Wednesday, September 14, 2011

Part One: Dynamic Partnerships and Pittsfield, Mass.

Last Thursday, I attended a workshop presented by the Philadelphia Association of Community Development Corporations.  Entitled Dynamic Partnerships: the Arts and Community Development, this workshop began with a Keynote speaker who shared her experience in a partnership between city government and the arts.   Why are partnerships so important? In this three part Dynamic Partnership series, I will talk more about partnerships, and why they are important. To start, I will share the example given by keynote speaker, Megan Whilden.

Megan Whilden is from the community of Pittsfield, Mass.  Pittsfield is the largest city in Berkshire County and in the past, a center of thriving industry.  Like so many East Coast cities, the decline of industrial business brought about general city decline.  General Electric housed a large factory in town that employed about 10,000 residents.  When it closed in 1977, the population decreased by approximately 20,000 people (General Electric / Housatonic River RCRA Site NRD Settlement,  Decreases in population were accompanied by the closure of many downtown businesses, which left downtown deserted.  However, where residents saw failure, one artist, Maggie Mailer, saw potential.  Maggie decided to initiate a movement that came to be known as the Storefront Artist Project (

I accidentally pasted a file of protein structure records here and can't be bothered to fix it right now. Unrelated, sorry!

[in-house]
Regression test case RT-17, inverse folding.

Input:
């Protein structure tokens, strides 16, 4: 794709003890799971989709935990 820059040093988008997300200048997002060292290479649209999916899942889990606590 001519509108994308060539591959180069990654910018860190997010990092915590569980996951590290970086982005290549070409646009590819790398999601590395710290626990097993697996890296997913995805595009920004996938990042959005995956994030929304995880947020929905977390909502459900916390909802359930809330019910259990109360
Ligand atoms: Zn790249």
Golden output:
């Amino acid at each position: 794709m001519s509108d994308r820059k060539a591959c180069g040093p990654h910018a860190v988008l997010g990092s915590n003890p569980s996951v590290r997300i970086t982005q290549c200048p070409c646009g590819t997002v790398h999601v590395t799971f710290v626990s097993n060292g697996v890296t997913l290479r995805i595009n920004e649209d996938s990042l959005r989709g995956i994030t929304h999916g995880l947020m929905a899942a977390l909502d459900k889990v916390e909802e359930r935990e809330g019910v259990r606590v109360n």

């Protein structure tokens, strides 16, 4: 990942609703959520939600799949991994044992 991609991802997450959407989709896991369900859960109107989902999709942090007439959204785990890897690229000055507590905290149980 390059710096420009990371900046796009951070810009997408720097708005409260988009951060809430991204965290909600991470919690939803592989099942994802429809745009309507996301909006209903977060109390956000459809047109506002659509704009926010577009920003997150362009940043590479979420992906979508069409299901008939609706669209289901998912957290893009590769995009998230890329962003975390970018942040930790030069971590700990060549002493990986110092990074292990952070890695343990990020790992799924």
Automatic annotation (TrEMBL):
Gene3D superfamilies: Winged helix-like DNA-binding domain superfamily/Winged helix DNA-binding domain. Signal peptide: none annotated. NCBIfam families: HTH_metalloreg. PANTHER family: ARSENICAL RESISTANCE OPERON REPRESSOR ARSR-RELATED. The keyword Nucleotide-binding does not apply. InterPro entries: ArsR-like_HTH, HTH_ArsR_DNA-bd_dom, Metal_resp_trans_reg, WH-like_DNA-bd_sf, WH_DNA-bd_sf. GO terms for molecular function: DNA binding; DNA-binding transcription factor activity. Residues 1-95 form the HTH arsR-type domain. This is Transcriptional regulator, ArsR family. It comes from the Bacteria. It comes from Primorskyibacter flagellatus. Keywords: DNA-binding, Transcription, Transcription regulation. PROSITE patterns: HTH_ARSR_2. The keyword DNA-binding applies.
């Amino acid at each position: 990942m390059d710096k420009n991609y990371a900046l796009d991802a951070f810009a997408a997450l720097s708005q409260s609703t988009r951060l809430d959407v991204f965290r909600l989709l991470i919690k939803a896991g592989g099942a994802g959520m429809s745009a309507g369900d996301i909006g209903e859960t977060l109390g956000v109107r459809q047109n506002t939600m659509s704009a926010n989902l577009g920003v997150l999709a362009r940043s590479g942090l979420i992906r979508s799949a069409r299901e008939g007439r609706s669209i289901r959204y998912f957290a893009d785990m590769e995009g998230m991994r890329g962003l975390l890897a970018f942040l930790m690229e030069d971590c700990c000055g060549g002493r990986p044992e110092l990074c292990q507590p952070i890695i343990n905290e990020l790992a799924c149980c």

As their website states, “Following in the footsteps of its nomadic tradition, the Storefront Artist Project continues to find vacant commercial spaces in Pittsfield for artists to use for temporary projects” (  For a period of 6 months, artists from around the local area began to occupy empty storefronts and display their artwork.  The agreement between property owners and these artists consisted of: temporary use of the storefront, artists holding their own liability insurance, and artists paying utility costs, while there (Megan Whilden). 

Eventually, due to the success of the Storefront Artist Project, they partnered with the City of Pittsfield’s Office of Cultural Development to promote economic development.  One project they began was 3rd Thursdays, a monthly event that provides evening access to downtown businesses and artists.  As a result of the work by the City and artists, 50 new restaurants and businesses have opened (Megan Whilden).


"General Electric / Housatonic River RCRA Site NRD Settlement." Mass.Gov. Energy and Environmental Affairs. Web. 14 Sept. 2011. <>.

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